The list of concerns addressed Thursday also included requests from Woonsocket Water Supt. Mark Viggiani. Viggiani submitted a letter on the project this week, pointing to concerns about a reservoir around a mile from the site that serves as a source of drinking water for customers in both Woonsocket and North Smithfield.
While the developer agreed to many of the precautionary measures requested by the city water official, the group rejected the idea of increasing the buffer zone between ground-mounted solar panels and a swamp that feeds into the reservoir from 25 to 200 feet, noting that the change would cut into an area slated for solar panels, and would require resubmission of the project to the Rhode Island Department of Environmental Management for permitting changes.
“They’re asking you to do something other than what DEM requires,” said Kravitz of Woonsocket’s request.
Planners also noted the need for extended soil testing in the area where Ferra has operated an auto salvage business, and a caveat that no pesticides or herbicides be used in connection with the project.
But underlying the proceedings was one town ordinance limiting how planners could move forward: a Solar Overlay District implemented by the Town Council in 2018. The ordinance allows solar projects situated within the designated district to skirt certain zoning requirements and means the Green Energy project will not appear before the Zoning Board.
Town Solicitor David Igliozzi said Thursday that the 2018 passage of the overlay district ordinance also made the project automatically consistent with the town’s comprehensive plan, and that the district’s overlay rules now take precedent over any other inconsistencies with town law.
“This is an overlay district with its own set of rules and regulations,” Igliozzi said.
“We actually have a little less that we can hang our hat on than all other projects that come before us,” noted Palardy.
Language in the ordinance, planners noted, was written by Mancini, a statement Igliozzi clarified.
“Anyone can file a petition to have a zoning ordinance changed,” the solicitor said. “The applicant wrote it pursuant to rights under state law.”
Porter noted that town residents in the area have testified that they’ve seen additional wildlife in the area since the clear-cutting of trees for the project began last month, questioning damage to habitat.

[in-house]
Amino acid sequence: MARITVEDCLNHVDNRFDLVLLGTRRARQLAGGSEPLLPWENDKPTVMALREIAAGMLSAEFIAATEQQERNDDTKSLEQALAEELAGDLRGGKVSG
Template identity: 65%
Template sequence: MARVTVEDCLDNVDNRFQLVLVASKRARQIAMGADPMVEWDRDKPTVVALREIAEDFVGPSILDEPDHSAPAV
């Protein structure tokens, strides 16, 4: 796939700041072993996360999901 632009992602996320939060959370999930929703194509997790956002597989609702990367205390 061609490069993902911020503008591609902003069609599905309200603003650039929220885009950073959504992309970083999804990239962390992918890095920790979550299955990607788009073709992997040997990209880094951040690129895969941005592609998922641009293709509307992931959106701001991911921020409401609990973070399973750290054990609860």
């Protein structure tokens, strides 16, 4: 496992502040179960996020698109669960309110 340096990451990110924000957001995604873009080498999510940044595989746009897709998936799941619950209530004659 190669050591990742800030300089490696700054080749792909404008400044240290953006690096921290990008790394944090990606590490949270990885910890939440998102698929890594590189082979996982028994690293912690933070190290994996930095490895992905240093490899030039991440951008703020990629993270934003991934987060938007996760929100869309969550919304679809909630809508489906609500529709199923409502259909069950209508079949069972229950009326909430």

“There hasn’t been any evidence that this would impact the wildlife,” Mancini responded.
After three years of watching proceedings, it seemed on Thursday residents of the area were displeased, but resigned.
“I’ve got two small kids and I don’t want to raise them on a solar farm,” said Chris Carpentier during the hearing. “They’re not making land anymore and we have a great town here.”
Resident Mike Rapko said he felt the company’s plan for blasting during construction should have been more transparent.
“It was never approached over the past year,” said Rapko. “It should have been presented.
“Now, in the final stages, we learn of blasting,” said Rapko, noting that blasting will be used in 30 percent of the project area. “I don’t think the public knows the extent of it.”
Mancini responded that, “Blasting wasn’t a secret. There was significant discussion at the town council of blasting.”
Among the many conditions ultimately passed with preliminary approval of the plan was a requirement that wells within 1,000 feet of blasting be tested for contamination, both before and after the activity. The Conservation Commission will be allowed to visit the property annually, and Pare Engineering will serve as a third-party monitor of the agreement, representing the town.
Porter said he would also like the property owner to consider establishing a conservation easement on the historic portion of the land.
A vote to accept the master plan with conditions passed by a 3-2, with Porter and Palardy in the minority.